Brief Report| Volume 60, ISSUE 3, P595-601.e3, September 2020

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Understanding End-of-Life Preferences: Predicting Life-Prolonging Treatment Preferences Among Community-Dwelling Older Americans



      To determine how demographic, socioeconomic, health, and psychosocial factors predict preferences to accept life-prolonging treatments (LPTs) at the end of life (EOL).


      This is a retrospective cohort study of a nationally representative sample of community-dwelling older Americans (N = 1648). Acceptance of LPT was defined as wanting to receive all LPTs in the hypothetical event of severe disability or severe chronic pain at the EOL. Participants with a durable power of attorney, living will, or who discussed EOL with family were determined to have expressed their EOL preferences. The primary analysis used survey-weighted logistic regression to measure the association between older adult characteristics and acceptance of LPT. Secondarily, the associations between LPT preferences and health outcomes were measured using regression models.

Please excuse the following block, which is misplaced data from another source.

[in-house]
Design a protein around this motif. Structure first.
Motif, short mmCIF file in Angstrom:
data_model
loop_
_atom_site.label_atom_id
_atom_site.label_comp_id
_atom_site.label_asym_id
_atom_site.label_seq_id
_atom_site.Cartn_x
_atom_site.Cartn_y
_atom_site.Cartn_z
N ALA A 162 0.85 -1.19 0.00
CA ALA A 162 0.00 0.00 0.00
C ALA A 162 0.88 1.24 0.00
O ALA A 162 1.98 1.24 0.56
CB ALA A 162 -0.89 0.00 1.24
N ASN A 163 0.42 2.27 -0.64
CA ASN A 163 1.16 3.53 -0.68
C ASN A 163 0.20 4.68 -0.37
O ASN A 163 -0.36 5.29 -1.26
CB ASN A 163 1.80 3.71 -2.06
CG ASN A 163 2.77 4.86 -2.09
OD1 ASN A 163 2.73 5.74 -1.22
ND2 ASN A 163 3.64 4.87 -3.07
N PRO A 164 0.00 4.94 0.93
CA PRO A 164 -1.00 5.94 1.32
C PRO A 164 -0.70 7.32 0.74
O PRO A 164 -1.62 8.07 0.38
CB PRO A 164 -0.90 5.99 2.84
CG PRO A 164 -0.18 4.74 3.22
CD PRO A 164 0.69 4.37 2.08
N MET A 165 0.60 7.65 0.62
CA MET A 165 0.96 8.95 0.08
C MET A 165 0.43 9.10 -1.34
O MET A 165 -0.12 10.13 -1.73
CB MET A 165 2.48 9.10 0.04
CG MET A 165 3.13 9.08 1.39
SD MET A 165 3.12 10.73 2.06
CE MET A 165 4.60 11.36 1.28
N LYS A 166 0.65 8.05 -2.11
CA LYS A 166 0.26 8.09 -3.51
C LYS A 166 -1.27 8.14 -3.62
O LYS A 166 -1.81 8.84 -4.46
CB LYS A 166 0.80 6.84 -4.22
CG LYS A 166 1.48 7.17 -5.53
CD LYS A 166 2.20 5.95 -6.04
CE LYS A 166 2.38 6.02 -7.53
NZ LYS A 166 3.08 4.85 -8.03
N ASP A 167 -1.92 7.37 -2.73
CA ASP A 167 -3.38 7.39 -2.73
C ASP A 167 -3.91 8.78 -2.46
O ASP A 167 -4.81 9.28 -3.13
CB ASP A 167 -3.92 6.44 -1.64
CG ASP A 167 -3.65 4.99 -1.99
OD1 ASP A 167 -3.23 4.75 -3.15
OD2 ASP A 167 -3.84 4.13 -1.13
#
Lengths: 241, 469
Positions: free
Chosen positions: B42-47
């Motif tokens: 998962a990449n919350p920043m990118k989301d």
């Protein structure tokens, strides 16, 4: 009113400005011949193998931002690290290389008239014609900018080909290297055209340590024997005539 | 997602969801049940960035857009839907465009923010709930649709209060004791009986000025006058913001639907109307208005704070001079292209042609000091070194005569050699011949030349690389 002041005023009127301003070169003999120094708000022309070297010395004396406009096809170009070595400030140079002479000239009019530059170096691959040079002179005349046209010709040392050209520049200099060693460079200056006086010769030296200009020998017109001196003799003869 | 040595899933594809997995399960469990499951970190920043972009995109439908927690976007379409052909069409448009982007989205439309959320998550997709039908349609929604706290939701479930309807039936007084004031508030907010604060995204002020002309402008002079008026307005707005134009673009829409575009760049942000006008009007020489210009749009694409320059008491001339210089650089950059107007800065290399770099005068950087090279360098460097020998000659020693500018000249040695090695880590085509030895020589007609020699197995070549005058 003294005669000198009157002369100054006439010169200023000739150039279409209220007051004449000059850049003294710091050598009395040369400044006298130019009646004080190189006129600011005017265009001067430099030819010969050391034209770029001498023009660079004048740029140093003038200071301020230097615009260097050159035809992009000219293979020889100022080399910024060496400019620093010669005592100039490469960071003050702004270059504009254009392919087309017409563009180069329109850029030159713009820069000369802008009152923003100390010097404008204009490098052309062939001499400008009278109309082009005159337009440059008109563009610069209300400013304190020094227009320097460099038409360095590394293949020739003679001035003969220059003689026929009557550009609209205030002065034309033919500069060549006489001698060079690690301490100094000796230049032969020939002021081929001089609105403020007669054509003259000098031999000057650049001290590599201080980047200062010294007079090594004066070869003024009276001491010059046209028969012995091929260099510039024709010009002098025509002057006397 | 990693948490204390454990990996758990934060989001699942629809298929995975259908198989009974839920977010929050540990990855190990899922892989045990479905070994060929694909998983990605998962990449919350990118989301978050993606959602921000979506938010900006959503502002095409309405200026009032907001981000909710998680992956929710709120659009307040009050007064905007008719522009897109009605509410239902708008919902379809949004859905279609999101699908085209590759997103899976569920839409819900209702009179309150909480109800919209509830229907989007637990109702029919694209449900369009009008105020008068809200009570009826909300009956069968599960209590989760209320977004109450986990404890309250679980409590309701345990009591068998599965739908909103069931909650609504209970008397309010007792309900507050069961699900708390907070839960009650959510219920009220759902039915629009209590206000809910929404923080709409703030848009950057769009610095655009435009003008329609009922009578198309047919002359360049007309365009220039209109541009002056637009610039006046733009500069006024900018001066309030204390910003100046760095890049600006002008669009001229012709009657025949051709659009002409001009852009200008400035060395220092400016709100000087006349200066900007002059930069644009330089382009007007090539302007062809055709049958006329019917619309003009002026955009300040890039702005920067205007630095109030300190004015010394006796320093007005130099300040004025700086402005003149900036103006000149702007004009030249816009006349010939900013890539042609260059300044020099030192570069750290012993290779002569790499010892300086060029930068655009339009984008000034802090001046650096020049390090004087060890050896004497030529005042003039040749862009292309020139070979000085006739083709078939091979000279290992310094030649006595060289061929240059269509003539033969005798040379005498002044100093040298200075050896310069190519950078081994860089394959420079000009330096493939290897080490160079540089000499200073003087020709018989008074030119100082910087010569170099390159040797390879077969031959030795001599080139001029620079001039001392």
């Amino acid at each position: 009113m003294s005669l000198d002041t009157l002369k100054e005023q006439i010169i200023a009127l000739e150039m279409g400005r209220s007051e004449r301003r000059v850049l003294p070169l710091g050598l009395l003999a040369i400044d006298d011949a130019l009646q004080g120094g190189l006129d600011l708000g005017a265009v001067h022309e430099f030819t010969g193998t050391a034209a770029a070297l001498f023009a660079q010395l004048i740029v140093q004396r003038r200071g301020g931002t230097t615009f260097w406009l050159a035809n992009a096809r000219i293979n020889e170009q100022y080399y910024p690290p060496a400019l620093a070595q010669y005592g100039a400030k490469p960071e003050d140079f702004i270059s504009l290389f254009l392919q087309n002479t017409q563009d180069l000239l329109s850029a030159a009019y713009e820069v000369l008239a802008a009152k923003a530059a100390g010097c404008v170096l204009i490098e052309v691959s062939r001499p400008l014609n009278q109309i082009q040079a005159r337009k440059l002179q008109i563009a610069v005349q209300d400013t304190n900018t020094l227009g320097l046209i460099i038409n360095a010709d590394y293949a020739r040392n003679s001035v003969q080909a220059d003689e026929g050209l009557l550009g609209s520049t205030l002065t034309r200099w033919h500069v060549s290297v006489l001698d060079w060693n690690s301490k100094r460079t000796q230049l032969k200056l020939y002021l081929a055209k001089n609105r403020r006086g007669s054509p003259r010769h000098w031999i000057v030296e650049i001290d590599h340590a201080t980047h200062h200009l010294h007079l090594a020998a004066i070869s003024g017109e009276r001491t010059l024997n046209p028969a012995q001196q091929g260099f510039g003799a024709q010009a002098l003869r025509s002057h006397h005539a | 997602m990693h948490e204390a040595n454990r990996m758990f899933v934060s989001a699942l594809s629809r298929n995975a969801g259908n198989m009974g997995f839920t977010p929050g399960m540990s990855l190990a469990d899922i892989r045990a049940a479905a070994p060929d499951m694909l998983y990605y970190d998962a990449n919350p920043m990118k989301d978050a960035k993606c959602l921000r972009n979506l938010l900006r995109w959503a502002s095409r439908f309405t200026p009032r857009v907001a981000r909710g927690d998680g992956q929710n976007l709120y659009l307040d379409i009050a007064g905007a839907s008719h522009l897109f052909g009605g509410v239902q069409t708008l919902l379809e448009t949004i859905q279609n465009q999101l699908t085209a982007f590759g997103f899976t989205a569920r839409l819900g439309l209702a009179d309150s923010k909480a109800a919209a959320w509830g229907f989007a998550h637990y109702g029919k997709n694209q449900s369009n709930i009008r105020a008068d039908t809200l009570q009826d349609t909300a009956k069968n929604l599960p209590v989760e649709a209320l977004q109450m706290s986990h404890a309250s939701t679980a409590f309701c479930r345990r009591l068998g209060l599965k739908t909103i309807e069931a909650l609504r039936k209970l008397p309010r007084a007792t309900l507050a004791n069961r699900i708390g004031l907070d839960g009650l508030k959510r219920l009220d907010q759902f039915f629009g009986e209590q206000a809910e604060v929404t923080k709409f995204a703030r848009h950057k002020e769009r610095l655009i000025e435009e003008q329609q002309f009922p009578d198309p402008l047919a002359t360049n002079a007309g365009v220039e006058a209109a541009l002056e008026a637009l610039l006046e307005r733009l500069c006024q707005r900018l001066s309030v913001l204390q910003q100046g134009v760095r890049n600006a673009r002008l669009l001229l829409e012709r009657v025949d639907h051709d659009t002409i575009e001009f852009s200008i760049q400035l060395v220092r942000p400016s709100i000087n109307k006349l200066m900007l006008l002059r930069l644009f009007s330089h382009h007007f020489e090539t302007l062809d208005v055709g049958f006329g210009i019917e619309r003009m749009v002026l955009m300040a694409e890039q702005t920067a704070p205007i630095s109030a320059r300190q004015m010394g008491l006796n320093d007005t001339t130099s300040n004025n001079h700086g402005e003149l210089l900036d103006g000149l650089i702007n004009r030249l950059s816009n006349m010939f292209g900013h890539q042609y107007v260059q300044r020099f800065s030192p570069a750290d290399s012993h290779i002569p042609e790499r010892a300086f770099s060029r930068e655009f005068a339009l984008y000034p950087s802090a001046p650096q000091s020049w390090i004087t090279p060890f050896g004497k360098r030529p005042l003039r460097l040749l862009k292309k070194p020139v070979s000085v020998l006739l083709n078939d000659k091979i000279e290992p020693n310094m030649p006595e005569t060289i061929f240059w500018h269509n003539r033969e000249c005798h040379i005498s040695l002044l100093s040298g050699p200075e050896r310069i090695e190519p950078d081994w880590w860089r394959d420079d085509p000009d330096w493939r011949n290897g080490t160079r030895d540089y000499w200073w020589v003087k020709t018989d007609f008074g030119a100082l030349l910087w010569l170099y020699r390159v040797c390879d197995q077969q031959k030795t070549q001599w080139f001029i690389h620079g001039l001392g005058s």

Approximately 31% of older adults would accept LPT. Nonwhite race/ethnicity (odds ratio [OR] 0.54; 95% CI 0.41, 0.70; white vs. nonwhite), self-realization (OR 1.34; 95% CI 1.01, 1.79), attendance of religious services (OR 1.44; 95% CI 1.07, 1.94), and expression of preferences (OR 0.54; 95% CI 0.40, 0.72) were associated with acceptance of LPT. LPT preferences were not independently associated with mortality or disability.


      Approximately one-third of older Americans would accept LPT in the setting of severe disability or severe chronic pain at the EOL. Adults who discussed their EOL preferences were more likely to reject LPT. Conversely, minorities were more likely to accept LPT. Sociodemographics, physical capacity, and health status were poor predictors of acceptance of LPT. A better understanding of the complexities of LPT preferences is important to ensuring patient-centered care.

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